Iraqi Kurdish leaders have announced that yesterday’s vote for Kurdish independence was a resounding “yes.”

According to the Kurdish Rudaw news outlet’s live results page, as of this writing, 3,440,616 votes have been counted, with 91.83% voting yes.  Final results are expected Wednesday.

Reuters reports:

Iraqi Kurdish leader Masoud Barzani said on Tuesday that Kurds had voted “yes” to independence in a referendum held in defiance of the government in Baghdad and which had angered their neighbors and their U.S. allies.

The Kurds, who have ruled over an autonomous region within Iraq since the 2003 U.S.-led invasion that toppled Saddam Hussein, consider Monday’s referendum to be an historic step in a generations-old quest for a state of their own.

. . . . “We may face hardship but we will overcome,” Barzani said, calling on world powers “to respect the will of millions of people” who voted in the referendum.

. . . . Earlier, the Kurdish Rudaw TV channel said an overwhelming majority, possibly over 90 percent, had voted “yes”. Final results are expected by Wednesday.

Iraq has, in response to the Iraqi Kurdish independence referendum, ordered Kurdistan to close its airports.

The New York Times reports:

Iraq’s prime minister on Tuesday, angered by a vote on independence by his nation’s Kurdish minority, gave the country’s Kurdish region until Friday to surrender control of its two international airports or face a shutdown of international flights.

. . . .  The Kurdish regional government, which has its own parliament and military force, operates international airports in its capital, Erbil, and in the northern city of Sulaimaniyah. There is no domestic Kurdish airline in the autonomous region.

Iraq asked other countries last week to halt flights into the Kurdish region, but only Iran complied.

As we noted yesterday, Turkey and Iran fear that a positive outcome for Iraqi Kurds seeking independence will result in heightened tensions with their own Kurdish populations by inspiring them to also seek independence.

The New York Times continues:

Turkey and Iran fear that a move toward independence by the Iraqi Kurds will inflame separatist fervor among their countries’ Kurdish minorities. Videos on social media showed Kurds in at least two Iranian cities celebrating the Iraqi Kurds’ vote.

. . . . Both Turkey and Iran have threatened sanctions against the Kurdish region, including the closing of border crossings. Turkish and Iraqi troops are conducting military exercises on Iraq’s northern border near Kurdistan, and Iranian forces are carrying out similar maneuvers on Iraq’s eastern border.

Turkish president Recep Tayyip Erdogan warned that Kurds further pursuing independence will lead to a “sectarian and ethnic war.”

The Times of India reports:

Turkish President Recep Tayyip Erdogan on Tuesday warned the Iraqi Kurdish leader against pushing for independence after holding a non-binding referendum, saying such a move risked sparking an “ethnic war” in the region.

“If (Massud) Barzani and the Kurdish Regional Government do not go back on this mistake as soon as possible, they will go down in history with the shame of having dragged the region into an ethnic and sectarian war,” Erdogan said in a televised speech.

. . . . Erdogan described the vote as a “treason to our country” since it had come at a time of good relations between Ankara and its neighbour the KRG.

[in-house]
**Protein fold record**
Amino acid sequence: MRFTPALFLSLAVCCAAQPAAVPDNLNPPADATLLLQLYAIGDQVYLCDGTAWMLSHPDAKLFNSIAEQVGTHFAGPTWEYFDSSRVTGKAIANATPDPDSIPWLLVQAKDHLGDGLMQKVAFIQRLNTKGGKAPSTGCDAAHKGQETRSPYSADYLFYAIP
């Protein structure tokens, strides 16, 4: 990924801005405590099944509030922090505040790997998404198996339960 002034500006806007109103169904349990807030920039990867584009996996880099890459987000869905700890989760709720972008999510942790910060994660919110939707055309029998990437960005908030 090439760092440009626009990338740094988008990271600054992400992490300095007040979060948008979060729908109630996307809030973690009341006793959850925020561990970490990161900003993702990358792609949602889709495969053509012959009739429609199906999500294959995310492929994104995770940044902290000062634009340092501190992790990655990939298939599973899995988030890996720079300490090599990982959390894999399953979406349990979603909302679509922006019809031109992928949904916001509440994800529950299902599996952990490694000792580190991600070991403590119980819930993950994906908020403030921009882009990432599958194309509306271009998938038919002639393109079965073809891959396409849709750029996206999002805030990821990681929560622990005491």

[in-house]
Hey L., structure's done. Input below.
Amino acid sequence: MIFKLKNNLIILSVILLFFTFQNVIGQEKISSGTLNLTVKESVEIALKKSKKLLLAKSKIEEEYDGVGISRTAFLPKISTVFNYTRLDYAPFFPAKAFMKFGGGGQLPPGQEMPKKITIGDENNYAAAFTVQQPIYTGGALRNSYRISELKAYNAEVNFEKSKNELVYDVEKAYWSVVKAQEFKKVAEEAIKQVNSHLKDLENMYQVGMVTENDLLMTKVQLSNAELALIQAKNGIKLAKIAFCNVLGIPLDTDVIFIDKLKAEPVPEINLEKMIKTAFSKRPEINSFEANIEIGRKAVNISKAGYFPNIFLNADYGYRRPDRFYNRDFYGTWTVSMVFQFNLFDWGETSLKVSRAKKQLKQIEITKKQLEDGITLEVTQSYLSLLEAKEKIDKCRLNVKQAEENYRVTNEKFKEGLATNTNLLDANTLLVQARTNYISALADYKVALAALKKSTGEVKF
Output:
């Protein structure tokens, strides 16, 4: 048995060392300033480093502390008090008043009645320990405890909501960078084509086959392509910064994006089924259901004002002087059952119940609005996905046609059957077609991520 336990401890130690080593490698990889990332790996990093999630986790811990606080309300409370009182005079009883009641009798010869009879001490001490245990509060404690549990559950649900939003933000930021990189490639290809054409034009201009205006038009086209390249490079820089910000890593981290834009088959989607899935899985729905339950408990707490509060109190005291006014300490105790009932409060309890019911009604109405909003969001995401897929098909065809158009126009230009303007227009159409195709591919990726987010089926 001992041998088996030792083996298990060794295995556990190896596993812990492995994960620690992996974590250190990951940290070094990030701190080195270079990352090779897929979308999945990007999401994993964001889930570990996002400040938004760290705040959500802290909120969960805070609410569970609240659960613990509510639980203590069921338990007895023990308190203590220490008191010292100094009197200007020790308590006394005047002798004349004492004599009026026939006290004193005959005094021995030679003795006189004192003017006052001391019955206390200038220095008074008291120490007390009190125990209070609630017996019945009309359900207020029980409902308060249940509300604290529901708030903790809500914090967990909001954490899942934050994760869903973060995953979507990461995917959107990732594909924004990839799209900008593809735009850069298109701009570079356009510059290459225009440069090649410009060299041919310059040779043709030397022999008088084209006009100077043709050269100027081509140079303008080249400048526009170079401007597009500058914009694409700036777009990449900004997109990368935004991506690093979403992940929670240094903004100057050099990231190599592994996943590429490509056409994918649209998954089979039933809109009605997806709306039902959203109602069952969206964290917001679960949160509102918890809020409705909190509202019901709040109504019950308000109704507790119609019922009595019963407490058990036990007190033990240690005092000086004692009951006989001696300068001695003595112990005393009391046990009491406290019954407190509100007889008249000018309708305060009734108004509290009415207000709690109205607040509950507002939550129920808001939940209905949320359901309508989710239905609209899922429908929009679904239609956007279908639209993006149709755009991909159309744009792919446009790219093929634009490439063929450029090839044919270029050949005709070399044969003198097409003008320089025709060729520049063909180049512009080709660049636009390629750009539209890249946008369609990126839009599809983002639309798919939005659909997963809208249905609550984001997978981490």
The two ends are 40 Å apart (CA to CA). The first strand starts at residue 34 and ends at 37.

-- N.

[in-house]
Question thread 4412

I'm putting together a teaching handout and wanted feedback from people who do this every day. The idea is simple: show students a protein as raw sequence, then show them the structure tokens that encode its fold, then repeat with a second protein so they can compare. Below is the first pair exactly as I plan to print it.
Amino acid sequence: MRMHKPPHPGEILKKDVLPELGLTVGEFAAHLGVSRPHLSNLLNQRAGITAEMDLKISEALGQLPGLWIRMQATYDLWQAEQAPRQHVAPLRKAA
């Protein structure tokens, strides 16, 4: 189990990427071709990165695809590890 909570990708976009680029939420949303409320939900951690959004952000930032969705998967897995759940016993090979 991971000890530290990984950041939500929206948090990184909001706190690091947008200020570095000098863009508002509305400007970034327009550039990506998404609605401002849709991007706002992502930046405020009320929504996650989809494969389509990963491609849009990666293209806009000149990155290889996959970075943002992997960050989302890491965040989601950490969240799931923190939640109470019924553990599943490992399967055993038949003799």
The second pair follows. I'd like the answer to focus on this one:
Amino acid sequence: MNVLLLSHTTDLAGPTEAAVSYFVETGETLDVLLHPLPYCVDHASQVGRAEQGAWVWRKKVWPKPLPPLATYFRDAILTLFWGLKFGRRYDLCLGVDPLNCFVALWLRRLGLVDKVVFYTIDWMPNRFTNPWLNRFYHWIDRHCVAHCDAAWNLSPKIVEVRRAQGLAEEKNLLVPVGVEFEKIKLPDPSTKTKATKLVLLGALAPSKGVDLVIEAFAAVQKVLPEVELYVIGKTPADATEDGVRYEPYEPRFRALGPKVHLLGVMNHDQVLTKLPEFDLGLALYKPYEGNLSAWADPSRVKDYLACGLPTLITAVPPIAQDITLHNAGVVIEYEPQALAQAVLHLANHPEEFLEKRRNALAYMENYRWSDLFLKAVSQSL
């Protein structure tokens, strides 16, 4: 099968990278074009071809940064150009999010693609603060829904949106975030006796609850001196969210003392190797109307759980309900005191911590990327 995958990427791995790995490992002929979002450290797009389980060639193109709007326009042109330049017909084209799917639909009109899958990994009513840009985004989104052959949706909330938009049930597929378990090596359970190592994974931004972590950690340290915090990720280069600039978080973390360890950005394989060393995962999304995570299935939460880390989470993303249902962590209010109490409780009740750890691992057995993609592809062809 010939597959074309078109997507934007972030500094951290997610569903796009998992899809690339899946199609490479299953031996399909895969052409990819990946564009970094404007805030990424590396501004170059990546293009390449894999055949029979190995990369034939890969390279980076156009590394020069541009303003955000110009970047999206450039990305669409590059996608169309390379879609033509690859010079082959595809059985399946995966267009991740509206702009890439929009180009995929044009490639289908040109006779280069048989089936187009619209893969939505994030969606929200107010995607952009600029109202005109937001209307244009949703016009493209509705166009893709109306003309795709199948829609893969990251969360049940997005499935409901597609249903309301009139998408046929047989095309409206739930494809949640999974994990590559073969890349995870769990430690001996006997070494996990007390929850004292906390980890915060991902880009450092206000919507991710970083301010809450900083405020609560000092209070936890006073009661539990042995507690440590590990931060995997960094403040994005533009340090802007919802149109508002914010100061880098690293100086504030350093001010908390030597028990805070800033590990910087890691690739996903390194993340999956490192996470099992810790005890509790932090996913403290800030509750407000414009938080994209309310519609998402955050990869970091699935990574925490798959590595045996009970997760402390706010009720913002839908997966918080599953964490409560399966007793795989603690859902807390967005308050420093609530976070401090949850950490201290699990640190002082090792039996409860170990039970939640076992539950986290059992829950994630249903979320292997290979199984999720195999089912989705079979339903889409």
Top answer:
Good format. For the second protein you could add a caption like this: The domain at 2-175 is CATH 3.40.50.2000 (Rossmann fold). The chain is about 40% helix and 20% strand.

He urged Barzani to “give up on an adventure which can only have a dark end.”

Erdogan reaffirmed that Turkey — which fears the effects of the vote on its own sizeable Kurdish population — would consider all options from economic sanctions to military measures.

“Airspace and ground (options) are all on the table,” he said, in apparent reference to his past threats to close the border.

“All options are on the table right now and being discussed,” he said. “You (the KRG) will be stuck from the moment we start implementing the sanctions.”

Erdogan further warned that no country in the world except Israel will recognize a free and independent Kurdistan.

The Turkish president said no other country would recognise Iraqi Kurds’ independence other than Israel, which had warmly supported the referendum.

“Who will recognise your independence? Israel. The world is not about Israel,” he said.

But Erdogan warned Barzani that the support of the Jewish state would not be enough. “You should know that the waving of Israeli flags there will not save you.”

The UN appears to agree with this grim outlook for Kurdish independence.

ABC News reports:

U.N. Secretary-General Antonio Guterres is expressing regret that Iraq’s Kurds have gone ahead with an independence referendum.

U.N. spokesman Stephane Dujarric said Guterres noted the referendum was “unilaterally declared, included disputed areas” and was opposed by Iraqi authorities and the global community. The spokesman said Guterres regretted that opportunities for negotiations were not seized and viewed the decision to hold the vote as potentially destabilizing.

While the U. S. has opposed the Kurdish independence referendum, State Department spokeswoman Heather Nauert says the U. S. will not change its historic relationship with Iraqi Kurds.

ABC News continues:

The United States says it’s “deeply disappointed” that Iraqi Kurds held a referendum on independence Monday, calling the vote “unilateral.”

State Department spokeswoman Heather Nauert says the move will “increase instability and hardships” for the Kurdish region of Iraq. She says it will also complicate the ability of the regional Kurdish government to work with Iraq’s central government and neighboring countries.

Still, Nauert says the U.S. won’t alter its “historic relationship” with Iraqi Kurds because of the referendum.

Nauert also says the U.S. opposes moves by any parties to change boundaries in Iraq. She says the Islamic State group and other extremists are hoping to “exploit instability and discord.”